Consider also, Butt was labeled a "classic in-line tight end" by former Denver personnel boss John Elway when he was drafted by the Broncos. That's not even the position Graham plays. Butt plays Cole Kmet's position, the Y-tight end or in-line tight end.

Beyond Butt, they'd be counting on practice squad types or undrafted rookie Scooter Harrington as Graham's replacement.

3. Slot Cornerback

The Bears are no better off at slot cornerback than before offseason work, as no one was added and it appears they're set on starting training camp with Duke Shelley there after he played it with the starters in minicamp.

They've talked about Kindle Vildor playing it some, and rookie Thomas Graham Jr. was told he would learn the outside and slot cornerback spots but so far the answer appears to be Shelley. At minicamp, they lined up former Chiefs safety Jordan Lucas in the nickel spot Shelley plays during red zone drills with backups. So this could be an option they're considering, as well.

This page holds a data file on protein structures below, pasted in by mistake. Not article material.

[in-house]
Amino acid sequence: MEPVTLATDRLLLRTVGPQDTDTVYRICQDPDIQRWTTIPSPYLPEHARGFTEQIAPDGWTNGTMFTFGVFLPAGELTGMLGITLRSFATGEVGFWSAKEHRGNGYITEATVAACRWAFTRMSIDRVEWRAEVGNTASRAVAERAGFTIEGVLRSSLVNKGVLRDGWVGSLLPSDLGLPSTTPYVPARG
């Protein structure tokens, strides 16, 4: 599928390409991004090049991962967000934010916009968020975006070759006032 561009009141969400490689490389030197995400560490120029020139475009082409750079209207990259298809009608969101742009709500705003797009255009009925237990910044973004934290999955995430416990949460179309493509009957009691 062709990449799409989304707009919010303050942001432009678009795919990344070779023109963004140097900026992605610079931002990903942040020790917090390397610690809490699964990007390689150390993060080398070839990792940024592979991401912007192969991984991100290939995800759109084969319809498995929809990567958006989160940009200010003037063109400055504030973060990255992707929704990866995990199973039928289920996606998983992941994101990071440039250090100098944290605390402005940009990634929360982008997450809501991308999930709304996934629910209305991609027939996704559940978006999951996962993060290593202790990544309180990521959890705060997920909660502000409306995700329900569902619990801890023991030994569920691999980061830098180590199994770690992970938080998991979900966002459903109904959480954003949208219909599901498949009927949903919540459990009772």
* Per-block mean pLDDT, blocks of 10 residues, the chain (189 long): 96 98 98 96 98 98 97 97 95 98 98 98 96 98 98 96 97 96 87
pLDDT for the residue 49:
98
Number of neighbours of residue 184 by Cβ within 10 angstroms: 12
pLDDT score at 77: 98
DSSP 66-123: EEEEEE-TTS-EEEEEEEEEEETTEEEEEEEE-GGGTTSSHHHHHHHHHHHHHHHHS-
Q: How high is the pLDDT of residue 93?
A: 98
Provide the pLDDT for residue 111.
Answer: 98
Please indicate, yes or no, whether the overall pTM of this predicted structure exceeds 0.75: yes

The positive here is they've found young players in the past to play this position effectively. Bryce Callahan was an undrafted rookie who outbattled Cre'Von LeBlanc to play it, and although LeBlanc eventually lost the battle he wasn't bad, either.

The nickel cornerback position is said by coaches to be a starting position because teams are in nickel coverage more than base defense in today's NFL. The Bears have treated this position like it's still less important.

2. Left Cornerback

Depth isn't the problem—lack of quality is.

Desmond Trufant is a proven NFL player but can't stay healthy. Vildor hasn't proven anything. The rest of the group consists of waiver-wire types like Michael Joseph, Artie Burns, Xavier Crawford and former CFL player Tre' Roberson.

Vildor could very well be the ultimate answer and the coaches heaped praise on him at minicamp.

"When you're anticipating, when you're playing within the defense, when you're playing with confidence you're making plays on the ball, which he's always had ball skills, you play faster and the game slows down and we're seeing that," Nagy said. "And we need that from him."